Shark Valley is a geological depression at the head of the Shark River Slough and is located in western Miami-Dade County and is part of Everglades National Park. It empties into the Shark River in Ten Thousand Islands in Monroe County and has a sawgrass prairie that floods during the rainy season.
There are large expanses of oolitic limestone both exposed and overlain by marl. The area has a brief hydroperiod and is seasonally submerged with sawgrass being the dominant vegetation. Shark Valley does not contain standing water year-round like the Shark River Slough. Wildlife includes alligators, ibis, wood storks, roseate spoonbills, raccoons, white-tailed deer and various amphibians.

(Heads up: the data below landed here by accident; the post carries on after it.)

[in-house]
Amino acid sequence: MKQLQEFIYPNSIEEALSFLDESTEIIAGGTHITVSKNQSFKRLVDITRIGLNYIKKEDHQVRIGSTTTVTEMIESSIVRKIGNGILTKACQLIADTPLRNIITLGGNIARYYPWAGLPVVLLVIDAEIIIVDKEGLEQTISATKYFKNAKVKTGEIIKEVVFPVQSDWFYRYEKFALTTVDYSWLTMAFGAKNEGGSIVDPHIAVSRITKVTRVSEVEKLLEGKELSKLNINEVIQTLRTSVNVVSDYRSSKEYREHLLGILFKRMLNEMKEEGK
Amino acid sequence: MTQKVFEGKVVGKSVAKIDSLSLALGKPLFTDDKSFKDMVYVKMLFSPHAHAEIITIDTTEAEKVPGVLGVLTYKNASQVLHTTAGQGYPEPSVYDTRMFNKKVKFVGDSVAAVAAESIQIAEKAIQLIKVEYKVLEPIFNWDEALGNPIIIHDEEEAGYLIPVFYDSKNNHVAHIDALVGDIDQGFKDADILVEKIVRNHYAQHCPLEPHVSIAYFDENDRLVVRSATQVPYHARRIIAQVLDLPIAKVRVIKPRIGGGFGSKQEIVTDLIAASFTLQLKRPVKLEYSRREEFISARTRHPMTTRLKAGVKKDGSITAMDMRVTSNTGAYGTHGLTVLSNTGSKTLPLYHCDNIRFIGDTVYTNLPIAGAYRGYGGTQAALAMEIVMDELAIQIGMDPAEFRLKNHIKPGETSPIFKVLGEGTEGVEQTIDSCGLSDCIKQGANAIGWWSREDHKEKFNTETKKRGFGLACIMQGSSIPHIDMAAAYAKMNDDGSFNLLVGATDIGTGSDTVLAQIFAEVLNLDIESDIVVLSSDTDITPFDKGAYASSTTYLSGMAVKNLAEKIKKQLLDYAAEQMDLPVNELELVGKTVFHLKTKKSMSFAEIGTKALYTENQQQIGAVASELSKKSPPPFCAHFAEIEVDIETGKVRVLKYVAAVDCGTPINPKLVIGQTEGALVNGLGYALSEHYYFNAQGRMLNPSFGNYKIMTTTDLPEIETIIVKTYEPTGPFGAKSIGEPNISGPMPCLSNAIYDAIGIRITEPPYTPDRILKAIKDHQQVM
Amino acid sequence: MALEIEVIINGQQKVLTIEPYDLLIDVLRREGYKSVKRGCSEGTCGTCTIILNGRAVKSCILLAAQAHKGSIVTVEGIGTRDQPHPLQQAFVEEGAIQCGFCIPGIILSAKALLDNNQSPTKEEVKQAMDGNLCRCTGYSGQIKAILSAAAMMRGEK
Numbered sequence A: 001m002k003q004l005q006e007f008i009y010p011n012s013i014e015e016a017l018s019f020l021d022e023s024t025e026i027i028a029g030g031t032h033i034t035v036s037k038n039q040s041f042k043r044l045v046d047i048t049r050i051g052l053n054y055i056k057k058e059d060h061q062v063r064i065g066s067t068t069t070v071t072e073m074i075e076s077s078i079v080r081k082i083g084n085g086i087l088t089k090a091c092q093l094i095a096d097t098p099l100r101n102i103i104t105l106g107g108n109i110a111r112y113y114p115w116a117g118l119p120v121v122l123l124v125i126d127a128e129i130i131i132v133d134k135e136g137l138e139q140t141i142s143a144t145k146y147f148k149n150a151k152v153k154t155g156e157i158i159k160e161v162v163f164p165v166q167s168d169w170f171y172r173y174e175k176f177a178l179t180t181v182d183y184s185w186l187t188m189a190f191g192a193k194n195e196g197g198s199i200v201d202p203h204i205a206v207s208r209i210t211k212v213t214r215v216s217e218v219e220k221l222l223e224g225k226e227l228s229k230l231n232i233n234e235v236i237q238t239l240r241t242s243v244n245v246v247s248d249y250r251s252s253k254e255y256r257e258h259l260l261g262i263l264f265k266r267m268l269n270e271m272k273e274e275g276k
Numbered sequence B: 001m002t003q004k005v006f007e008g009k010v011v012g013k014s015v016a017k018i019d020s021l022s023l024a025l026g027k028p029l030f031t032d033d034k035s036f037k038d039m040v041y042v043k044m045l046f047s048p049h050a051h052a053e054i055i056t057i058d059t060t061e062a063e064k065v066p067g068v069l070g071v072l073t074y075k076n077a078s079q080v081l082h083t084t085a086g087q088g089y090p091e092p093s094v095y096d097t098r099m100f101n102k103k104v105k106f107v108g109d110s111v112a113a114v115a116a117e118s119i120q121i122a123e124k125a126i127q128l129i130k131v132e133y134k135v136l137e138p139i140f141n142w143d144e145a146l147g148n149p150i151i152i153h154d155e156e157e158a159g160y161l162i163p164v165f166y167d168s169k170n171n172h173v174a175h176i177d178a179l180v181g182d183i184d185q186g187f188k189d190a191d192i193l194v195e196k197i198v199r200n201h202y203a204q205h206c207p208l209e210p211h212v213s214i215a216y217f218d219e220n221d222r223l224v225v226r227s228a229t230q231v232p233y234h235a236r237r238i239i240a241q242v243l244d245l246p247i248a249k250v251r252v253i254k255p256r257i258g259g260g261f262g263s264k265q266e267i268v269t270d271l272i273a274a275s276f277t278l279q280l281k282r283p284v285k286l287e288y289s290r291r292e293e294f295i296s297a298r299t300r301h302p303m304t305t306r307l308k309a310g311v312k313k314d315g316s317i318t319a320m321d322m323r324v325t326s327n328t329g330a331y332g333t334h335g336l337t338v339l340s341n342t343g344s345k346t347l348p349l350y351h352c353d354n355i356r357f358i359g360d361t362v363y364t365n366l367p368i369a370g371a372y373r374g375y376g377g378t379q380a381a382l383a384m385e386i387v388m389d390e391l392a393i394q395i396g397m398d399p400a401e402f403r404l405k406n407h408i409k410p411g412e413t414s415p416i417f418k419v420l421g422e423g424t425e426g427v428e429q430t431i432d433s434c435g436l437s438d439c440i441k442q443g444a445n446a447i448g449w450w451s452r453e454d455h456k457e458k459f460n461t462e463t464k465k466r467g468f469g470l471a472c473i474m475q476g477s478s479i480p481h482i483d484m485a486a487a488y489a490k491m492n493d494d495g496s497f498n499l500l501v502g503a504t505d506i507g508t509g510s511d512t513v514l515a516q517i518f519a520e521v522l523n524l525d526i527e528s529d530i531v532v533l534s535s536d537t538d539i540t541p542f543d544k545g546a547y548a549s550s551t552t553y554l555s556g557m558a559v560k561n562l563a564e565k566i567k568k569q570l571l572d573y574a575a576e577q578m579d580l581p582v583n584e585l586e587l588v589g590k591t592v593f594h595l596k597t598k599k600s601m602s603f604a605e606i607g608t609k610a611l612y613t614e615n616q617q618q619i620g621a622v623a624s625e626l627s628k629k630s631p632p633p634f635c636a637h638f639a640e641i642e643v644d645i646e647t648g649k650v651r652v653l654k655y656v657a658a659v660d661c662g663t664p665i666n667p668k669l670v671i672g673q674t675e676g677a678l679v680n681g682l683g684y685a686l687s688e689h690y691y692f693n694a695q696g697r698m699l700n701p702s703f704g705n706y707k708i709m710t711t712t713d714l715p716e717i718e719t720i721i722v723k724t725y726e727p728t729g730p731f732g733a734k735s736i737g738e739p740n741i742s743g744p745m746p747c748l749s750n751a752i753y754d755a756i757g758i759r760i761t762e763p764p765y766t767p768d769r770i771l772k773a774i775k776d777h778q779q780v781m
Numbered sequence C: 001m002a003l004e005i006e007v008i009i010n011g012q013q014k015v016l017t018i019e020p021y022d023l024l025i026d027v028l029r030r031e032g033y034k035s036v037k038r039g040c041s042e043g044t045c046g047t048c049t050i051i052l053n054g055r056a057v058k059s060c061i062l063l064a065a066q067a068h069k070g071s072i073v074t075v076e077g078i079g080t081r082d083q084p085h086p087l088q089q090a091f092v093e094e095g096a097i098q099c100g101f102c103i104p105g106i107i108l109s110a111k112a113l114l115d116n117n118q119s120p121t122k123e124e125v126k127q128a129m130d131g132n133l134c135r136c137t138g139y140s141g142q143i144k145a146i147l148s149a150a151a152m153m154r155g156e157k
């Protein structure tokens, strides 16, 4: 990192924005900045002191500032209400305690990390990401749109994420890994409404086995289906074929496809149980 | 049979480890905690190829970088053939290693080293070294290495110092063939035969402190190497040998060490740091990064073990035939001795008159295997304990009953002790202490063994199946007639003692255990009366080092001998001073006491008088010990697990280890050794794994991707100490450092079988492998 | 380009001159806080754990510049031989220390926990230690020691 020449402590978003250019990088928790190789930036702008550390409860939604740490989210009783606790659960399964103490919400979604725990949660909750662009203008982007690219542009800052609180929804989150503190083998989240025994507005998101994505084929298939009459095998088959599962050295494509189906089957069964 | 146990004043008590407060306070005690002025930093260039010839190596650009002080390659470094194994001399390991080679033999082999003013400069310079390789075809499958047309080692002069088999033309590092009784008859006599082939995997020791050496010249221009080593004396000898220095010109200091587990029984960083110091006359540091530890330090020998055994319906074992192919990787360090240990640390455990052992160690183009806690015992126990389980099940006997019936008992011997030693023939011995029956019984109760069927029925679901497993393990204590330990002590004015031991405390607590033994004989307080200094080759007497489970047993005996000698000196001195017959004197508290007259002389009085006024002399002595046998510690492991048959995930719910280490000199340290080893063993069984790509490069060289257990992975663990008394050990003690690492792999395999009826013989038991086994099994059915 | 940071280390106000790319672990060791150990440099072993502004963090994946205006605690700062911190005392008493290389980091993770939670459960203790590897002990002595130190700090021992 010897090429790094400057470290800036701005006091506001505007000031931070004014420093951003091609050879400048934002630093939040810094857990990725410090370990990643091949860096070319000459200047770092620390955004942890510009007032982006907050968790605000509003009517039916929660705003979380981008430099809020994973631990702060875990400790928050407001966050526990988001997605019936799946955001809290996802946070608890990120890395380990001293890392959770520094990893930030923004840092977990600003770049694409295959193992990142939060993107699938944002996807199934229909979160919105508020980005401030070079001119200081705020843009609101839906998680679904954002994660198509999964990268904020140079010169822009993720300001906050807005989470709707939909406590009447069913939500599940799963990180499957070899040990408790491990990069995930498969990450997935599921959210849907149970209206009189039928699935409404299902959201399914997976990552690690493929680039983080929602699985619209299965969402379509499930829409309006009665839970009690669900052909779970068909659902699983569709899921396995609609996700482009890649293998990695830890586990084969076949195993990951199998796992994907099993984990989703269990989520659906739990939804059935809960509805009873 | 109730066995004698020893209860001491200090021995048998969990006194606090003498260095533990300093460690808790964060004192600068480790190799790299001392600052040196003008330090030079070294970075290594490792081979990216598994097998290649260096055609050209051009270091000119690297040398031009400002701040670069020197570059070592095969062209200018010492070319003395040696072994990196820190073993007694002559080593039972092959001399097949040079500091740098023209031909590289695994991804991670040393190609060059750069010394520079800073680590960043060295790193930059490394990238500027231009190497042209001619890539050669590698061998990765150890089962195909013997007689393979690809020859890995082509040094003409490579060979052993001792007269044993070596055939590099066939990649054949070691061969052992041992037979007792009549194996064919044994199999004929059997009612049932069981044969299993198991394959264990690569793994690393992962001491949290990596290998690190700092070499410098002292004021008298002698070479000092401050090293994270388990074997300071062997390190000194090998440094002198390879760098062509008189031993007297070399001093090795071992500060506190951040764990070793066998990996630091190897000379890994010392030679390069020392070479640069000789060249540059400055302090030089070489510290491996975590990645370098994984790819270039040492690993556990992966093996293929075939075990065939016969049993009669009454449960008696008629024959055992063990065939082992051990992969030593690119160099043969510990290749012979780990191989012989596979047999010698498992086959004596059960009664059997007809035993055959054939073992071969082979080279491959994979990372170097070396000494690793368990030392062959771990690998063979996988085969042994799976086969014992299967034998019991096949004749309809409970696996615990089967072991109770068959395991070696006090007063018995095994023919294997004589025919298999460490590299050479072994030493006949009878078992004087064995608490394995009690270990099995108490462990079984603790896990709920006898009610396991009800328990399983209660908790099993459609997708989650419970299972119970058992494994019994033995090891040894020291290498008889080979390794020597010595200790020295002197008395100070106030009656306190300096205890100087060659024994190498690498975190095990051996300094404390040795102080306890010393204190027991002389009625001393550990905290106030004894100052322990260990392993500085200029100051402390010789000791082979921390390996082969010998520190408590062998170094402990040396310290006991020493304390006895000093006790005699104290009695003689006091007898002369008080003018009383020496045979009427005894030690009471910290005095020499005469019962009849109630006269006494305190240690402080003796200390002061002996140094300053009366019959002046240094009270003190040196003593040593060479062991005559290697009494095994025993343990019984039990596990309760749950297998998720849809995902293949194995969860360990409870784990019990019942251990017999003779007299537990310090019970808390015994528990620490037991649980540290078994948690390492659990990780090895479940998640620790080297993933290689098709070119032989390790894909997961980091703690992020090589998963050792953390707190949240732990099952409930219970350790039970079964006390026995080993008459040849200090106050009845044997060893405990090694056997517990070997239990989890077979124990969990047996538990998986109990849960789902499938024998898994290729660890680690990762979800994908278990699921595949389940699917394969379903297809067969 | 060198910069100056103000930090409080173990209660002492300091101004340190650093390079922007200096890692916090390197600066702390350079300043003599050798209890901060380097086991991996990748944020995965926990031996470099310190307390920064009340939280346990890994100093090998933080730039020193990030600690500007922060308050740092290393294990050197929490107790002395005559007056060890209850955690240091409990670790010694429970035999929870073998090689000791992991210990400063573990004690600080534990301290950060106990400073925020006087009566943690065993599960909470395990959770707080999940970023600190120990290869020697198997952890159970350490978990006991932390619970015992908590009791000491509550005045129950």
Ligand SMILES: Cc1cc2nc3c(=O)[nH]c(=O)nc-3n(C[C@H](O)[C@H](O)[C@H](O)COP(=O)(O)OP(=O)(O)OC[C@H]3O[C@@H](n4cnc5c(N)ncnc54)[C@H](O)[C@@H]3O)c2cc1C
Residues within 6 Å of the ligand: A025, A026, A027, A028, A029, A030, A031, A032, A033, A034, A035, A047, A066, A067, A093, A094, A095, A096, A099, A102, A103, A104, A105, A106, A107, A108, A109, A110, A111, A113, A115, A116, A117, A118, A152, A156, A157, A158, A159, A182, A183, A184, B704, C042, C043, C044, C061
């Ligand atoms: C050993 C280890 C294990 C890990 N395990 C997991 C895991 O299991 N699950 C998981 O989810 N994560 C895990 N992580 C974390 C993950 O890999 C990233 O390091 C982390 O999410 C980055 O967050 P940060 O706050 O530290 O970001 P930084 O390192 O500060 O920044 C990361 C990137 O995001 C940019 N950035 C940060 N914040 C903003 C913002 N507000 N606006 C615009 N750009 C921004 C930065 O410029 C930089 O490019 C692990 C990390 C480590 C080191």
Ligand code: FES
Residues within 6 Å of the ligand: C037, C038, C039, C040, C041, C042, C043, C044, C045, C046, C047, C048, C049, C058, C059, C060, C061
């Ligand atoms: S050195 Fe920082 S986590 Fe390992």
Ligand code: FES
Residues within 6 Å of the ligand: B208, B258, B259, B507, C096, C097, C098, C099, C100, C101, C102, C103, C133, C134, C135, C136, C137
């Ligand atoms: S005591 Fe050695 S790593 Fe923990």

History of Shark Valley includes a well-known episode during the Second Seminole War. In 1838, groups of Spanish Indians successively raided a guarded trading post on the Caloosahatchee River and committed a massacre on Indian Key in 1840. Residing with Southwest Florida, the Spanish Indians were a mix of Creek refugees and people of mixed Native American and Spanish. Some believe they might have been of Calusa descent. Responding to attacks by the Spanish Indians, on December 4, 1840, 90 men under the command of Lieutenant Colonel W. S. Harney targeted one of their key leader, Chakaika. At times, his name has been spelled Chekika. They had departed from Fort Dallas, which was at the mouth of the Miami River, and is now Downtown Miami. When they found Chakaika with some of his rebels, they shot him and had him hanged on “Chakaika’s island,” a tree island in the Everglades. Located at the beginning Shark Valley, this tree island is believed to be present-day Chekika Island.